A Symbol is a sign which refers to the Object that it denotes by virtue of a law, usually an association of general ideas, which operates to cause the Symbol to be interpreted as referring to that Object. It is thus itself a general type or law, that is, is a Legisign. As such it acts through a Replica. Not only is it general itself, but the Object to which it refers is of a general nature. Now that which is general has its being in the instances which it will determine. There must, therefore, be existent instances of what the Symbol denotes, although we must here understand by “existent,” existent in the possibly imaginary universe to which the Symbol refers. The Symbol will indirectly, through the association or other law, be affected by those instances; and thus the Symbol will involve a sort of Index, although an Index of a peculiar kind. It will not, however, be by any means true that the slight effect upon the Symbol of those instances accounts for the significant character of the Symbol.
According to the third trichotomy, a Sign may be termed a Rheme, a Dicisign or Dicent Sign (that is, a proposition or quasiproposition), or an Argument.
A Rheme is a Sign which, for its Interpretant, is a Sign of qualitative Possibility, that is, is understood as representing such and such a kind of possible Object. Any Rheme, perhaps, will afford some information; but it is not interpreted as doing so.
A Dicent Sign is a Sign, which, for its Interpretant, is a Sign of actual existence. It cannot, therefore, be an Icon, which affords no ground for an interpretation of it as referring to actual existence. A Dicisign necessarily involves, as a part of it, a Rheme, to describe the fact which it is interpreted as indicating. But this is a peculiar kind of Rheme; and while it is essential to the Dicisign, it by no means constitutes it.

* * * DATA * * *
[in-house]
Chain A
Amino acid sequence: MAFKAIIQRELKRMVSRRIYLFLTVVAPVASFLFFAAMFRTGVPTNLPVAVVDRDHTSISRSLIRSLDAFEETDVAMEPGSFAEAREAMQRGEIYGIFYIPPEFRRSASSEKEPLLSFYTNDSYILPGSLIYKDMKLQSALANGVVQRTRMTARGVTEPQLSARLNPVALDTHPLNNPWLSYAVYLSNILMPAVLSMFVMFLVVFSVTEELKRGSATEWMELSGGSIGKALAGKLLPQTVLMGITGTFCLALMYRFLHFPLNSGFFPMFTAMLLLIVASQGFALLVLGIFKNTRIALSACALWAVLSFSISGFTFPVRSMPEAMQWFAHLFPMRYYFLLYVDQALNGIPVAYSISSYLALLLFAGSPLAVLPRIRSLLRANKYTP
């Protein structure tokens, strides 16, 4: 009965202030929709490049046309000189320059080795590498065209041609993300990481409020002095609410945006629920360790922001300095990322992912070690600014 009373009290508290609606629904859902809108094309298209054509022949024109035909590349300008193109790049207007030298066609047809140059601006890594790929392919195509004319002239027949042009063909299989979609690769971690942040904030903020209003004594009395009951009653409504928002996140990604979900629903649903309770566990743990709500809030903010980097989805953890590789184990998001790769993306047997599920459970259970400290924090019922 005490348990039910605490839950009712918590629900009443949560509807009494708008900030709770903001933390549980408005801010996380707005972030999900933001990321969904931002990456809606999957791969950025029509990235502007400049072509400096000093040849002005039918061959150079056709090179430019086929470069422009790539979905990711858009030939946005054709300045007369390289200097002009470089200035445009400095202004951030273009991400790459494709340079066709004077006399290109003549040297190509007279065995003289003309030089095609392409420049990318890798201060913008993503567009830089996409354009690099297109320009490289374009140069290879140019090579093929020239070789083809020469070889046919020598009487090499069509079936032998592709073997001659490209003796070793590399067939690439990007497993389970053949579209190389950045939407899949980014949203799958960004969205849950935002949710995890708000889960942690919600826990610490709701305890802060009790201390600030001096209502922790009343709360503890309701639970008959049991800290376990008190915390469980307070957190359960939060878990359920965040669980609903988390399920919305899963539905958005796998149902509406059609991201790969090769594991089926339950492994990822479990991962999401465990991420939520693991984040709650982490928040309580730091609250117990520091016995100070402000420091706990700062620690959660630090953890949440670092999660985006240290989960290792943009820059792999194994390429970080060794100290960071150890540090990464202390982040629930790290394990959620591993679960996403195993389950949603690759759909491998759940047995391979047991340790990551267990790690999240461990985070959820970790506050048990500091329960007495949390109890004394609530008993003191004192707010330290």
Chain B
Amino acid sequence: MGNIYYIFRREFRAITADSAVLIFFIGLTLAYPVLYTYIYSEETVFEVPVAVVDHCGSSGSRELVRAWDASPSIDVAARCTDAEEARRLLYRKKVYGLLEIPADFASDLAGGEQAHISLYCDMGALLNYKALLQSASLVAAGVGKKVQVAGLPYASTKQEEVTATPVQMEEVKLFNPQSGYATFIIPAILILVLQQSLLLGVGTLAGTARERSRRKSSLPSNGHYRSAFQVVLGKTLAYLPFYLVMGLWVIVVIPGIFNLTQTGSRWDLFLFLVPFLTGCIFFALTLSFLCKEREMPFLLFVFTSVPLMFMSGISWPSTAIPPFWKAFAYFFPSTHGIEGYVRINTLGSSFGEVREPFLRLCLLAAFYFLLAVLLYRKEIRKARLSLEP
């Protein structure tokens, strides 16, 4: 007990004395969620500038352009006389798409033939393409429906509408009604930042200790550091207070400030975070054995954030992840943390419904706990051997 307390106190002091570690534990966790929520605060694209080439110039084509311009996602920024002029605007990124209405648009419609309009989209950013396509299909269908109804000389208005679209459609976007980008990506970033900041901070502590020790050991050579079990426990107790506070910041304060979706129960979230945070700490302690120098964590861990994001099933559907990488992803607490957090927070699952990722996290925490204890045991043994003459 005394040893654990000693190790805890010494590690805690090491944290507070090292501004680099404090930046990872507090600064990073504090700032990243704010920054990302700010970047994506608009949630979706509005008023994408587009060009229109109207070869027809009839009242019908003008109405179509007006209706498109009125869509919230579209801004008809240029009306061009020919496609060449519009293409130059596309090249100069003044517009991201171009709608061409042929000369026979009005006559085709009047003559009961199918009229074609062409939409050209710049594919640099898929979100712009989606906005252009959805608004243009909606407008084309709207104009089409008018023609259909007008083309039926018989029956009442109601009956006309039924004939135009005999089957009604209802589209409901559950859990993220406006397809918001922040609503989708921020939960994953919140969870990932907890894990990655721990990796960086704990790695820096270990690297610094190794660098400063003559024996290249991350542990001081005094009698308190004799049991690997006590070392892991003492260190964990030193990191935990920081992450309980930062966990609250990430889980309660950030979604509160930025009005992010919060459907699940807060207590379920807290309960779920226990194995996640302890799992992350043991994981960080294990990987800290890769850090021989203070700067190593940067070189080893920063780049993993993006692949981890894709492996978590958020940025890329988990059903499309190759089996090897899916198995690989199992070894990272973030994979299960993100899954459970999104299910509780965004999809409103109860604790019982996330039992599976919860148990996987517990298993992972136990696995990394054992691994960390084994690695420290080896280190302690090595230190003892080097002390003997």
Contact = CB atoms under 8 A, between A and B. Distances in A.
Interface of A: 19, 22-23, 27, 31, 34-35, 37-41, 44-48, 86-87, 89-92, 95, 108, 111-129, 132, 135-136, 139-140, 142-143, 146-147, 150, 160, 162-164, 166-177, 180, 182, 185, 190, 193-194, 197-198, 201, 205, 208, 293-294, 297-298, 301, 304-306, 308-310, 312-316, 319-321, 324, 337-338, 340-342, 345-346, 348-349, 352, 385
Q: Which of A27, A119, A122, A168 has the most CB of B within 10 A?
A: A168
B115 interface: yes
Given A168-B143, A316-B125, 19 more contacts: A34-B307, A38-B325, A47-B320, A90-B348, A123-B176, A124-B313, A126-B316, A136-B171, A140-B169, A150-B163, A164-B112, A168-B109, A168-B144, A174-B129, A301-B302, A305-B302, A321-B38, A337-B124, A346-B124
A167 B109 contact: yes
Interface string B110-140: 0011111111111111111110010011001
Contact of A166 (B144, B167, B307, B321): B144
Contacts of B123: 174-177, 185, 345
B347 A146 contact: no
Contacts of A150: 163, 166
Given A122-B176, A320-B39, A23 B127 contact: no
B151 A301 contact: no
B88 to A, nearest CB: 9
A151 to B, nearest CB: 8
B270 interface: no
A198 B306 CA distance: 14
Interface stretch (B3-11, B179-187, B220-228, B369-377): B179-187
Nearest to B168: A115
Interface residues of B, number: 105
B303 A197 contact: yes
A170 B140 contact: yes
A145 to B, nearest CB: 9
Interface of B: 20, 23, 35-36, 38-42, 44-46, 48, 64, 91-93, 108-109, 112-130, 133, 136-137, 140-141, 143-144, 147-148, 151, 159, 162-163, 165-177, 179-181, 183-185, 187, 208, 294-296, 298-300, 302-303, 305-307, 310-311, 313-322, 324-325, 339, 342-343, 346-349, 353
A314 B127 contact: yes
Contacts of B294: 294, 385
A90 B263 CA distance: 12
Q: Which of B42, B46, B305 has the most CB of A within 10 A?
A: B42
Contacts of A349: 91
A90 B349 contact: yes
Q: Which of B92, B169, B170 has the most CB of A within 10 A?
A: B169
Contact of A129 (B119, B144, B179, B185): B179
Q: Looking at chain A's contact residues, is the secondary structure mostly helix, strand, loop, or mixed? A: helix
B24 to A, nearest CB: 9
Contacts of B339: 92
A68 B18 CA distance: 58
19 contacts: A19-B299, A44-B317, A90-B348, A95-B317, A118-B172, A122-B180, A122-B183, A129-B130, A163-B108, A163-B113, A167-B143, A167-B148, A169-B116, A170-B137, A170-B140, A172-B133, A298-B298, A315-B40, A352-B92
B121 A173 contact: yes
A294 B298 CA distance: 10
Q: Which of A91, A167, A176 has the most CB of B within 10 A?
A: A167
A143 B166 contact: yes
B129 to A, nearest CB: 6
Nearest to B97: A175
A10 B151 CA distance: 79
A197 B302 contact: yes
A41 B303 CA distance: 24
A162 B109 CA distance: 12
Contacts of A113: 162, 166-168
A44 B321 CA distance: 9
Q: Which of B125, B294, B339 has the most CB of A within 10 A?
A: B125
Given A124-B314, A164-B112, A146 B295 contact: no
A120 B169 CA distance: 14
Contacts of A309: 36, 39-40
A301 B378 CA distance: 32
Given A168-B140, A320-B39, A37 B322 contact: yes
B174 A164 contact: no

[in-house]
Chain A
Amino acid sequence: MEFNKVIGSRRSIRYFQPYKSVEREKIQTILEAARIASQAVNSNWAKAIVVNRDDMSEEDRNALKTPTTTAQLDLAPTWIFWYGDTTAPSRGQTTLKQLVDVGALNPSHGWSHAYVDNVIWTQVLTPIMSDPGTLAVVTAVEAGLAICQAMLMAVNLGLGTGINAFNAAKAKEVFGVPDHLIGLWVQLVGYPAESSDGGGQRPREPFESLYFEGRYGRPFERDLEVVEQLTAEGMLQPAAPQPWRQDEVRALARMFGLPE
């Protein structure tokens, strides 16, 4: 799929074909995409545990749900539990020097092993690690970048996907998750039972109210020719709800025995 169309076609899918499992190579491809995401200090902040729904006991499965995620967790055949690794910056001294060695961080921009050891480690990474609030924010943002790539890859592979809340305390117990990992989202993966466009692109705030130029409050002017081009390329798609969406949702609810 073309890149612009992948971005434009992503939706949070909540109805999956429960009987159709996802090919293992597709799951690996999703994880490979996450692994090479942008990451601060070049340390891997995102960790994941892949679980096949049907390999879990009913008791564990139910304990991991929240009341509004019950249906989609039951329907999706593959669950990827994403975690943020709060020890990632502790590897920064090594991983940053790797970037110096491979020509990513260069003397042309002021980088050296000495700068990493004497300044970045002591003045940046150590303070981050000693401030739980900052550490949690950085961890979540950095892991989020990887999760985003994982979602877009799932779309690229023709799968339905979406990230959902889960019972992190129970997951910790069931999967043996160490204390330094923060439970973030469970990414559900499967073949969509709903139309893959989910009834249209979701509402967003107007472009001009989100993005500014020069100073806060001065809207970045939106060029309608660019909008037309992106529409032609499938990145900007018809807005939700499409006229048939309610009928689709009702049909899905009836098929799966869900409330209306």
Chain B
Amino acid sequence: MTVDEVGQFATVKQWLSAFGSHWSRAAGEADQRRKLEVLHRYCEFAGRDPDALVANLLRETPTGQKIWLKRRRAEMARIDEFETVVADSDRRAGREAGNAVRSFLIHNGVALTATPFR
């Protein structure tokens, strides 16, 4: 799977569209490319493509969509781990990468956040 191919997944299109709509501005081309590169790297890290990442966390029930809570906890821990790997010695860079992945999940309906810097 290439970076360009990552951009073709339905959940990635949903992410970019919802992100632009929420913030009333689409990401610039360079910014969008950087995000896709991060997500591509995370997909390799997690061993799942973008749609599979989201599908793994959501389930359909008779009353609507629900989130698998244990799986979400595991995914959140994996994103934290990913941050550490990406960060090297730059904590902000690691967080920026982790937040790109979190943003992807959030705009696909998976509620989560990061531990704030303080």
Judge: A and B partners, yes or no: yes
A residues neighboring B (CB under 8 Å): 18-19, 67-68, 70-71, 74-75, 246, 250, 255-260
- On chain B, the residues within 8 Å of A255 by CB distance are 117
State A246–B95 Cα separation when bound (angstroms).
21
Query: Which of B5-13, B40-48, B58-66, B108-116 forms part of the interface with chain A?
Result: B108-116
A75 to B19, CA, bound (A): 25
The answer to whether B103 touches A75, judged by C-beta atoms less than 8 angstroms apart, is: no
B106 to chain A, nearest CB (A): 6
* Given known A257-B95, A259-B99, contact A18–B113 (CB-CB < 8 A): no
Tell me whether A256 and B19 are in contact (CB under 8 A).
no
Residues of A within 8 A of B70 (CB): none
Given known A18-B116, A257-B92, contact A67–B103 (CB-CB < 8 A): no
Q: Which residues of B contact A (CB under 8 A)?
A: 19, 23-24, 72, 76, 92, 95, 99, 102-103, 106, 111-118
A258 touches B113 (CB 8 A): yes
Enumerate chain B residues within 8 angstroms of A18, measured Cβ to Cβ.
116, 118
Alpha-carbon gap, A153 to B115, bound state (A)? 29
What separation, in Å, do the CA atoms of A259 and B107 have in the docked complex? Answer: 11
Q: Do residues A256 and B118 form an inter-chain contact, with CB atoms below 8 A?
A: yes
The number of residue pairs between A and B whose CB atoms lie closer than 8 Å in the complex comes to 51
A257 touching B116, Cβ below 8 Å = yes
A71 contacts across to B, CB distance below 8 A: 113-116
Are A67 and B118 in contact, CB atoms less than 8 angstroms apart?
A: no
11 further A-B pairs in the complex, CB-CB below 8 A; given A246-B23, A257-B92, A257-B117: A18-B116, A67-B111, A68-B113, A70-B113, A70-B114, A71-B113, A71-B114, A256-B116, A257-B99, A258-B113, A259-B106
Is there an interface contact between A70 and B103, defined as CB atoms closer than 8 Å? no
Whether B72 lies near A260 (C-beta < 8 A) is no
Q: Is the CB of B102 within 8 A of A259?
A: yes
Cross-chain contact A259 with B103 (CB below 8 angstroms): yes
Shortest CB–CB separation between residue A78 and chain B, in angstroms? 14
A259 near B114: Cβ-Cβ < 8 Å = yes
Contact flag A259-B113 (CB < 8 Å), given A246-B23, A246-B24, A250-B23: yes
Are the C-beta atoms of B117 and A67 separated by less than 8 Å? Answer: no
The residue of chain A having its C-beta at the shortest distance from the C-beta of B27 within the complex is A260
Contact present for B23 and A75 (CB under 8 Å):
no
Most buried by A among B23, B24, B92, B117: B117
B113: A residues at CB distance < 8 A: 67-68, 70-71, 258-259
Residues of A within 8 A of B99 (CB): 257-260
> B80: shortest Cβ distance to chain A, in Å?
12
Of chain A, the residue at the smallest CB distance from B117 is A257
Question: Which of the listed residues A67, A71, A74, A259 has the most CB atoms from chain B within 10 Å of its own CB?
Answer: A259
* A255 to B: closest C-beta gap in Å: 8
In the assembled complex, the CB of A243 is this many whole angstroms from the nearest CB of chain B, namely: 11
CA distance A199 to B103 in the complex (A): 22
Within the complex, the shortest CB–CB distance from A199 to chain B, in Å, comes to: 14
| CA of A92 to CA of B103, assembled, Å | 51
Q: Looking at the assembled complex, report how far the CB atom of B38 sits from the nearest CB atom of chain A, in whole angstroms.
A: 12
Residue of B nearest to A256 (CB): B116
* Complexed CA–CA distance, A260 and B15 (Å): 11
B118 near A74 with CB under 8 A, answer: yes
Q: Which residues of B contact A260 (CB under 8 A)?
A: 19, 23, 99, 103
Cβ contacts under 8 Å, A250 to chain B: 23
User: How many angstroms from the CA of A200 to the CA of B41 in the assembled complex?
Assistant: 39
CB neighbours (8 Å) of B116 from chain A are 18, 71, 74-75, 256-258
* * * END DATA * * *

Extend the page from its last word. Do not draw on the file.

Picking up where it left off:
An Argument is a Sign which, for its Interpretant, is a Sign of law. Or we may say that a Rheme is a sign which is understood to represent its object in its characters merely; that a Dicisign is a sign which is understood to represent its object in respect to actual existence; and that an Argument is a Sign which is understood to represent its Object in its character as Sign. Since these definitions touch upon points at this time much in dispute, a word may be added in defence of them. A question often put is: What is the essence of a judgment? A judgment is the mental act by which the judger seeks to impress upon himself the truth of a proposition. It is much the same as an act of asserting the proposition, or going before a notary and assuming formal responsibility for its truth, except that those acts are intended to affect others, while the judgment is only intended to affect oneself. However, the logician, as such, cares not what the psychological nature of the act of judging may be. The question for him is: What is the nature of the sort of sign of which a principal variety is called a proposition, which is the matter upon which the act of judging is exercised? The proposition need not be asserted or judged. It may be contemplated as a sign capable of being asserted or denied. This sign itself retains its full meaning whether it be actually asserted or not. The peculiarity of it, therefore, lies in its mode of meaning; and to say this is to say that its peculiarity lies in its relation to its interpretant. The proposition professes to be really affected by the actual existent or real law to which it refers. The argument makes the same pretension, but that is not the principal pretension of the argument. The rheme makes no such pretension.